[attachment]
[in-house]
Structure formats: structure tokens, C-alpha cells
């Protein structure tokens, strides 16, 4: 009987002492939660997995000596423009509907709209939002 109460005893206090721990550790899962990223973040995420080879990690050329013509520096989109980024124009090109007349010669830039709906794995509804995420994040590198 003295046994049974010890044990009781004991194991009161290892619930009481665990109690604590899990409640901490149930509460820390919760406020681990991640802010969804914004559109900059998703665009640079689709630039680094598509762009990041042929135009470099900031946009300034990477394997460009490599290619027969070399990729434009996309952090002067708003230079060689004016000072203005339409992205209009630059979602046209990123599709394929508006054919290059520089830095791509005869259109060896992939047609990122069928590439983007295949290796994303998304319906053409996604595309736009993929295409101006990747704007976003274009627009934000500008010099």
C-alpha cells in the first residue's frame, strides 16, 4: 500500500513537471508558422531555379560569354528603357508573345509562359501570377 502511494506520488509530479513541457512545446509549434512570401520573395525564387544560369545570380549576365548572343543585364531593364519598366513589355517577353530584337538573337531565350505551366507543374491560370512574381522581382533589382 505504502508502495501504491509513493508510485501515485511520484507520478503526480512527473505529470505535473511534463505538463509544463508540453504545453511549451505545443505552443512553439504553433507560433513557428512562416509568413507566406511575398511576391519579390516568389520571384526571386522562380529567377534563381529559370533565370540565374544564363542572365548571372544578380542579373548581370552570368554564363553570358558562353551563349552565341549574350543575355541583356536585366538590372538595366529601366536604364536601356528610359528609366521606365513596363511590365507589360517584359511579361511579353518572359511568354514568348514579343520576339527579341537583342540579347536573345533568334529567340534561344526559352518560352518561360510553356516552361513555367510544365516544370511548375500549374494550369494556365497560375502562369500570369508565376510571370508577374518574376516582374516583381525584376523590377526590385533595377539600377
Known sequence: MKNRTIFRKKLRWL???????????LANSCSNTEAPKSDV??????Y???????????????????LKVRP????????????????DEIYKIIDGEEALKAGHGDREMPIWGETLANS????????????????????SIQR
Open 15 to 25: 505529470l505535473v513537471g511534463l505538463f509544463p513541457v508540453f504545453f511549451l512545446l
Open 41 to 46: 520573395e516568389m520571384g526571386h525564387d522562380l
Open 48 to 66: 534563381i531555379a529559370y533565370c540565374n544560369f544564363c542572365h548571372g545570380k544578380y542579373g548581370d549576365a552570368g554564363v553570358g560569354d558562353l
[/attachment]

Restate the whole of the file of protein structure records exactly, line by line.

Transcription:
[in-house]
Structure formats: structure tokens, C-alpha cells
């Protein structure tokens, strides 16, 4: 009987002492939660997995000596423009509907709209939002 109460005893206090721990550790899962990223973040995420080879990690050329013509520096989109980024124009090109007349010669830039709906794995509804995420994040590198 003295046994049974010890044990009781004991194991009161290892619930009481665990109690604590899990409640901490149930509460820390919760406020681990991640802010969804914004559109900059998703665009640079689709630039680094598509762009990041042929135009470099900031946009300034990477394997460009490599290619027969070399990729434009996309952090002067708003230079060689004016000072203005339409992205209009630059979602046209990123599709394929508006054919290059520089830095791509005869259109060896992939047609990122069928590439983007295949290796994303998304319906053409996604595309736009993929295409101006990747704007976003274009627009934000500008010099």
C-alpha cells in the first residue's frame, strides 16, 4: 500500500513537471508558422531555379560569354528603357508573345509562359501570377 502511494506520488509530479513541457512545446509549434512570401520573395525564387544560369545570380549576365548572343543585364531593364519598366513589355517577353530584337538573337531565350505551366507543374491560370512574381522581382533589382 505504502508502495501504491509513493508510485501515485511520484507520478503526480512527473505529470505535473511534463505538463509544463508540453504545453511549451505545443505552443512553439504553433507560433513557428512562416509568413507566406511575398511576391519579390516568389520571384526571386522562380529567377534563381529559370533565370540565374544564363542572365548571372544578380542579373548581370552570368554564363553570358558562353551563349552565341549574350543575355541583356536585366538590372538595366529601366536604364536601356528610359528609366521606365513596363511590365507589360517584359511579361511579353518572359511568354514568348514579343520576339527579341537583342540579347536573345533568334529567340534561344526559352518560352518561360510553356516552361513555367510544365516544370511548375500549374494550369494556365497560375502562369500570369508565376510571370508577374518574376516582374516583381525584376523590377526590385533595377539600377
Known sequence: MKNRTIFRKKLRWL???????????LANSCSNTEAPKSDV??????Y???????????????????LKVRP????????????????DEIYKIIDGEEALKAGHGDREMPIWGETLANS????????????????????SIQR
Open 15 to 25: 505529470l505535473v513537471g511534463l505538463f509544463p513541457v508540453f504545453f511549451l512545446l
Open 41 to 46: 520573395e516568389m520571384g526571386h525564387d522562380l
Open 48 to 66: 534563381i531555379a529559370y533565370c540565374n544560369f544564363c542572365h548571372g545570380k544578380y542579373g548581370d549576365a552570368g554564363v553570358g560569354d558562353l